Increased risk of anthracycline-related cardiomyopathy is associated with the following:[10,11,12,13,14,15,16,17,18,19,20,21,22]
- Female gender.
- Cumulative doses greater than 200 mg/m2 to 300 mg/m2.
- Younger age at time of exposure.
- Increased time from exposure.
Among these factors, cumulative dose appears to be the most significant in regard to risk of CHF, which develops in less than 5% of survivors after anthracycline exposure of less than 300 mg/m2, approaches 15% at doses between 300 and 500 mg/m2, and exceeds 30% for doses greater than 600 mg/m2.[5,12,23,24,25]
Emerging evidence suggests that genetic factors, such as polymorphisms that impact drug metabolism and distribution, may explain the heterogeneity in susceptibility to anthracycline cardiac injury.[22,26] Pharmacogenetic studies of this type, if consistently replicated across diverse study populations, may ultimately facilitate identification of newly diagnosed individuals at high risk of cardiac toxicity for whom anthracyclines should be avoided, and long-term survivors who may benefit from heightened surveillance after treatment with anthracyclines. Further study of genetic risk profiling of anthracycline injury is needed to integrate such pharmacogenetic data into clinical practice.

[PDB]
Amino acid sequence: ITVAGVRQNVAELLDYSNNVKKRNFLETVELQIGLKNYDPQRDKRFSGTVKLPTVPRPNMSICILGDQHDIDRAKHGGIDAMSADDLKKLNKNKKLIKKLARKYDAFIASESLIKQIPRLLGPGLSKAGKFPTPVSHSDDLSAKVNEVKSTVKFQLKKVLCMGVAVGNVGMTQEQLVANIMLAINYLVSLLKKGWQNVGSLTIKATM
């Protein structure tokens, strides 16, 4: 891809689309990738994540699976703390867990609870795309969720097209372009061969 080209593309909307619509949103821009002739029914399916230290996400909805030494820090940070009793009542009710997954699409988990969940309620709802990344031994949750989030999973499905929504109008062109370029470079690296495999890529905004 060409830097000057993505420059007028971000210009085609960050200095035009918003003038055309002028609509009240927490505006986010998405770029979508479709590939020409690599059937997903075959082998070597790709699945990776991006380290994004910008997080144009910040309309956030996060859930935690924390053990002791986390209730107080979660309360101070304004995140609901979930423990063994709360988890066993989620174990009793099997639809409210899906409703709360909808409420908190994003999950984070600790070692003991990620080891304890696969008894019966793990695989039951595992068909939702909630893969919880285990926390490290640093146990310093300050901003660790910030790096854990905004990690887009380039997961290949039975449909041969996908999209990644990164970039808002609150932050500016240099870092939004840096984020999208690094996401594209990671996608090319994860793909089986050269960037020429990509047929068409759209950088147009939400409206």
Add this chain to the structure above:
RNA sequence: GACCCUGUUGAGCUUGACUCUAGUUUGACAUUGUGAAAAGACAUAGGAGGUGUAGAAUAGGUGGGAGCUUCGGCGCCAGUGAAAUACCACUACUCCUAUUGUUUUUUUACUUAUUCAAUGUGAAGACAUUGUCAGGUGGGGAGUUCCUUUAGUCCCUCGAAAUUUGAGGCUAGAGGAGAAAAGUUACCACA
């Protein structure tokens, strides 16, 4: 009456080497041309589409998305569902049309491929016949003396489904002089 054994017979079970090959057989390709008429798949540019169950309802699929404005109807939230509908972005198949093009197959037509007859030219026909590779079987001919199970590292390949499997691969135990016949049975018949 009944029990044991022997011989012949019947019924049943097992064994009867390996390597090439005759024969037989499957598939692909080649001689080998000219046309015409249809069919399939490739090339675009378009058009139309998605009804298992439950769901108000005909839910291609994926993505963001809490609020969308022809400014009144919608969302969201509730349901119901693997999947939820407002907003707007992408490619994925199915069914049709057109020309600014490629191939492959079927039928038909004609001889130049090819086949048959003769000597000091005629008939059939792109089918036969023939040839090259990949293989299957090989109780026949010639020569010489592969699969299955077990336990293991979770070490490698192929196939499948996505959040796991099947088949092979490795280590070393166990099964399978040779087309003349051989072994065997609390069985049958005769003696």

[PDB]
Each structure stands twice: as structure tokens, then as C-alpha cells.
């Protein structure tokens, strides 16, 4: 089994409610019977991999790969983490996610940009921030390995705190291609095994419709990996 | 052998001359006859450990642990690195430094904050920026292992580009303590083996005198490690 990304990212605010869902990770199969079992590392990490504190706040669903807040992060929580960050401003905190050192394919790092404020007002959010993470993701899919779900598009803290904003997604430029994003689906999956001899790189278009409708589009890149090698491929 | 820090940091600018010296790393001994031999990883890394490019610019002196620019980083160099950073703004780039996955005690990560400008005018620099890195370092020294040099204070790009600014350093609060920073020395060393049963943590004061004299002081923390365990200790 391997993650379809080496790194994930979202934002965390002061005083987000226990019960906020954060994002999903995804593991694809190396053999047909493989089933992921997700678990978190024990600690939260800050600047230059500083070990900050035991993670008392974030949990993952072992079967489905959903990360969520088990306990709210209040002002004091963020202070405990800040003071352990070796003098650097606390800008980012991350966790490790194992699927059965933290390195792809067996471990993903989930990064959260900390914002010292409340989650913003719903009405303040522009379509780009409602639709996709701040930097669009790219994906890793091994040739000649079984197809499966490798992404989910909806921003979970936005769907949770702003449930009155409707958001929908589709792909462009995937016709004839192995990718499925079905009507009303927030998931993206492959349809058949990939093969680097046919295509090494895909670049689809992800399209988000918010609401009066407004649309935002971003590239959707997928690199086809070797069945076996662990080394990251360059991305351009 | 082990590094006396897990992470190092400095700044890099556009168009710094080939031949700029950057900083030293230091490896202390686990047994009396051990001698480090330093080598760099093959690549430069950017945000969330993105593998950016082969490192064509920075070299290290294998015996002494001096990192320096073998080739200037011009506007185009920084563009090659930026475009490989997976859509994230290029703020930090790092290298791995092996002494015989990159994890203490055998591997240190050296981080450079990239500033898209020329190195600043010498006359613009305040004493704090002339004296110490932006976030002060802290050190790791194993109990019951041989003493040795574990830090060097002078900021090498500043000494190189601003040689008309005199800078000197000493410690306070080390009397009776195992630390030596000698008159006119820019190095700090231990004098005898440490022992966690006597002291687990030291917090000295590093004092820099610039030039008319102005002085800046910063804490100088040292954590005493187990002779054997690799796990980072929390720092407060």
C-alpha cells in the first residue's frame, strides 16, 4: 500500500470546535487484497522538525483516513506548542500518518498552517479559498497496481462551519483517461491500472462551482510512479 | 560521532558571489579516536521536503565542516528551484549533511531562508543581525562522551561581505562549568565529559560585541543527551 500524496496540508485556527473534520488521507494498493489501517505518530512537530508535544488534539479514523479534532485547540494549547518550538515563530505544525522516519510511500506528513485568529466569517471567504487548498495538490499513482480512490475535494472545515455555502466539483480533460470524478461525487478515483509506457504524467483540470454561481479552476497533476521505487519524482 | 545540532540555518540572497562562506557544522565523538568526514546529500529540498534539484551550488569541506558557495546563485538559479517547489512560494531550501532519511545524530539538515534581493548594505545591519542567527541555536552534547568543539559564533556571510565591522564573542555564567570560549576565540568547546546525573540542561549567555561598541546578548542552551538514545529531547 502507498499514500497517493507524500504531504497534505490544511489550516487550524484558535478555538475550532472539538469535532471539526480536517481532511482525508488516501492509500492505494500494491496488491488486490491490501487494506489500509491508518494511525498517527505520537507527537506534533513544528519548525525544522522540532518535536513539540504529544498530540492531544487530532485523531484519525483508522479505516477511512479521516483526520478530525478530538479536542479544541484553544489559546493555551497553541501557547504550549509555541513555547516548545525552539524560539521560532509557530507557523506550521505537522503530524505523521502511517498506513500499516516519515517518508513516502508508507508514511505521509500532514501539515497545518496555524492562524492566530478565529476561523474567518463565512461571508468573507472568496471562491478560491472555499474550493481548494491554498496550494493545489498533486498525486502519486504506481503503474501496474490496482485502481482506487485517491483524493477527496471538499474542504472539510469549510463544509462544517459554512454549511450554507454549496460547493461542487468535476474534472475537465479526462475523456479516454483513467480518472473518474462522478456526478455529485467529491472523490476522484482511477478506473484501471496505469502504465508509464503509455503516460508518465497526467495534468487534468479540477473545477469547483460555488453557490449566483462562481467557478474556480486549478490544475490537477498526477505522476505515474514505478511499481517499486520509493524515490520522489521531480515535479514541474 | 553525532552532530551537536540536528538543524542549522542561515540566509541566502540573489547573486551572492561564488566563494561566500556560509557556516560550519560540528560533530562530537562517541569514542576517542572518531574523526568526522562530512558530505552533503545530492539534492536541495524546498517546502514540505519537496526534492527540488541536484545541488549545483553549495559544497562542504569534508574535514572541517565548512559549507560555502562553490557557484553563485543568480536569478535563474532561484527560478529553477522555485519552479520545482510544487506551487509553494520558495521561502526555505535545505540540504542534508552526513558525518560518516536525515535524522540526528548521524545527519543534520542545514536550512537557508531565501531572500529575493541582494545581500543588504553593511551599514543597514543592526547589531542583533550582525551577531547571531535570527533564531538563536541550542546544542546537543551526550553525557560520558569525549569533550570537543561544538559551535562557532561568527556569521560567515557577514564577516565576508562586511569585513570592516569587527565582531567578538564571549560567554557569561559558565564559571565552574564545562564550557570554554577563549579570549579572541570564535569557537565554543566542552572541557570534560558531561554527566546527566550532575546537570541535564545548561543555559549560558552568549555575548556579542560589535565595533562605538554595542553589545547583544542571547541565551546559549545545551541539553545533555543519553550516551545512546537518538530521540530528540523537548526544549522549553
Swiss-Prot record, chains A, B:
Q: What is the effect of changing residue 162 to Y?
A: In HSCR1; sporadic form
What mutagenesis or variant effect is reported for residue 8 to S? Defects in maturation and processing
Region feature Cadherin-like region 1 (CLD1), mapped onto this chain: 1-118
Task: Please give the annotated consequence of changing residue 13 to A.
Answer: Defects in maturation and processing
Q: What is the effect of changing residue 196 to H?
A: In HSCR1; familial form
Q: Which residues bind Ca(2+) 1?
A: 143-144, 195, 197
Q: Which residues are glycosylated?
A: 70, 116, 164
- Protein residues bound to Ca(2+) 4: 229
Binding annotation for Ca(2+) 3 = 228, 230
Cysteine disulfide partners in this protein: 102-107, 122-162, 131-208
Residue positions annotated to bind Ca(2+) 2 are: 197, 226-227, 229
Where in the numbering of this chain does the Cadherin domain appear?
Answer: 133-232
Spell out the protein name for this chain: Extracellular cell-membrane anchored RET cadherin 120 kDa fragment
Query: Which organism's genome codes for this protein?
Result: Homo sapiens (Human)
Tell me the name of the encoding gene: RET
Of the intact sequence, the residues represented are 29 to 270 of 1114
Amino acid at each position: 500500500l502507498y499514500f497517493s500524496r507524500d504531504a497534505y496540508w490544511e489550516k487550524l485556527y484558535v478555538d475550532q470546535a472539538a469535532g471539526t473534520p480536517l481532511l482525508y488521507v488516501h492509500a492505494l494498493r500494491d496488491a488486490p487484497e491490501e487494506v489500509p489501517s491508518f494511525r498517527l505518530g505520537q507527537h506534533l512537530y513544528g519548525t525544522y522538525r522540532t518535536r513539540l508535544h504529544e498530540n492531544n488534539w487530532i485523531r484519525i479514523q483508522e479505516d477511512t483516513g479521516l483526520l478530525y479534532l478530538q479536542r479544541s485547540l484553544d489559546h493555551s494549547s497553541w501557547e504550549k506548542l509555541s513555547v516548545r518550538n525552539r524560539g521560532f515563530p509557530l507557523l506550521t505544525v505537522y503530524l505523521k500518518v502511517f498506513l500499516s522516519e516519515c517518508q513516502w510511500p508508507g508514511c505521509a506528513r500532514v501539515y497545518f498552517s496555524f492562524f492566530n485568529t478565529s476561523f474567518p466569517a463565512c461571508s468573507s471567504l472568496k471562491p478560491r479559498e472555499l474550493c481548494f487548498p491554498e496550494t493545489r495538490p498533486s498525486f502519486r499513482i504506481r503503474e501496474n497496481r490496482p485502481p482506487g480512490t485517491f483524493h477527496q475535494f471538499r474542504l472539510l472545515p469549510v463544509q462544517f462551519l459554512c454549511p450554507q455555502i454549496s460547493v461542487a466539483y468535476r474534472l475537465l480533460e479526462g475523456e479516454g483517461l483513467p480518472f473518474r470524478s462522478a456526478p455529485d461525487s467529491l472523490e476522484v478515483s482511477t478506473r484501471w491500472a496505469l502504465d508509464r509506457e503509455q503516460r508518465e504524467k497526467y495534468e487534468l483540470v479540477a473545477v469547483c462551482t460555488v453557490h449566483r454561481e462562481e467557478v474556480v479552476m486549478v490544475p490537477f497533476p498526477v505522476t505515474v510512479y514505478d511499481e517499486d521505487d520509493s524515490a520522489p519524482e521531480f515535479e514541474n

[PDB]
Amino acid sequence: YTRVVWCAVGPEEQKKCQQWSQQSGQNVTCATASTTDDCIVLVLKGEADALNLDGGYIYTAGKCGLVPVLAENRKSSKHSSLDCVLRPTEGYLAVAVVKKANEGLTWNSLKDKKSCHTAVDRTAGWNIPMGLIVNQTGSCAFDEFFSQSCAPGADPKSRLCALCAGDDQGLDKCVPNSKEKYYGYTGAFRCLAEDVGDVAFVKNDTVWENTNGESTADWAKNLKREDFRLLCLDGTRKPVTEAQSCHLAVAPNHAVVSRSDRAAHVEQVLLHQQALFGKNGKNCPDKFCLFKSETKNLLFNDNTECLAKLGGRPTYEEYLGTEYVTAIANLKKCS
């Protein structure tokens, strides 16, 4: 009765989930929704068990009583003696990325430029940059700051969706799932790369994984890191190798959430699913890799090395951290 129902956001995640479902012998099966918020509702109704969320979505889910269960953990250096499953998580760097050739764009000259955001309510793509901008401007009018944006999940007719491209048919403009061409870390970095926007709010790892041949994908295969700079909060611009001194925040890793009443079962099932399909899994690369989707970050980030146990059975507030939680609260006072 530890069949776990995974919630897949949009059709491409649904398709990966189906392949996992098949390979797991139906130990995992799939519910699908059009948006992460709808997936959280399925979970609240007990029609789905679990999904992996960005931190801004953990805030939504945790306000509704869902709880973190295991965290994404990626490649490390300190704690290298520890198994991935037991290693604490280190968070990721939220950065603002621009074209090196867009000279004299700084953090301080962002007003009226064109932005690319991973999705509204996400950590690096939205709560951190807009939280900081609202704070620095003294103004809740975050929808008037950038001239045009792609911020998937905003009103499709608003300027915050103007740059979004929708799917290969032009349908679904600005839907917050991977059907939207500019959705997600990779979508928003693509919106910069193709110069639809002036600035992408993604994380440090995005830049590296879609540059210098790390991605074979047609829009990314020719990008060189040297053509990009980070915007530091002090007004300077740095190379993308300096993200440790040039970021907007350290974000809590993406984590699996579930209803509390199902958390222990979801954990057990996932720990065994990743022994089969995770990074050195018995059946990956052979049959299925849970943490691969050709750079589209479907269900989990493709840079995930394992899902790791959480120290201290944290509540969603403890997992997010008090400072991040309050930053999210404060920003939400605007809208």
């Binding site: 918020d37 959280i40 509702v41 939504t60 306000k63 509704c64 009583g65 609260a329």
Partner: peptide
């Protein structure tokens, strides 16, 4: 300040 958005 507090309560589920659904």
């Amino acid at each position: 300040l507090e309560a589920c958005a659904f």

Schedule of administration of doxorubicin may influence risk of cardiomyopathy. One study looked at the effect of continuous (48 hour) versus bolus (1 hour) infusions of doxorubicin in 121 children who received a cumulative dose of 360 mg/m2 for treatment of acute lymphoblastic leukemia (ALL) and found no difference in the degree or spectrum of cardiotoxicity in the two groups. Because the follow-up time in this study was relatively short, it is not yet clear whether the frequency of progressive cardiomyopathy will differ between the two groups over time. Another study compared cardiac dysfunction in 113 children who received doxorubicin either by single-dose infusion or by a consecutive divided daily-dose schedule. The divided-dose patients received one-third of the total cycle dose over 20 minutes for 3 consecutive days. Patients treated according to a single-dose schedule received the cycle dose as a 20-minute infusion. There was no significant difference in the incidence of cardiac dysfunction between the divided-dose and single-dose infusion groups. Earlier studies in adults have shown decreased cardiotoxicity with prolonged infusion; thus, further evaluation of this question is warranted.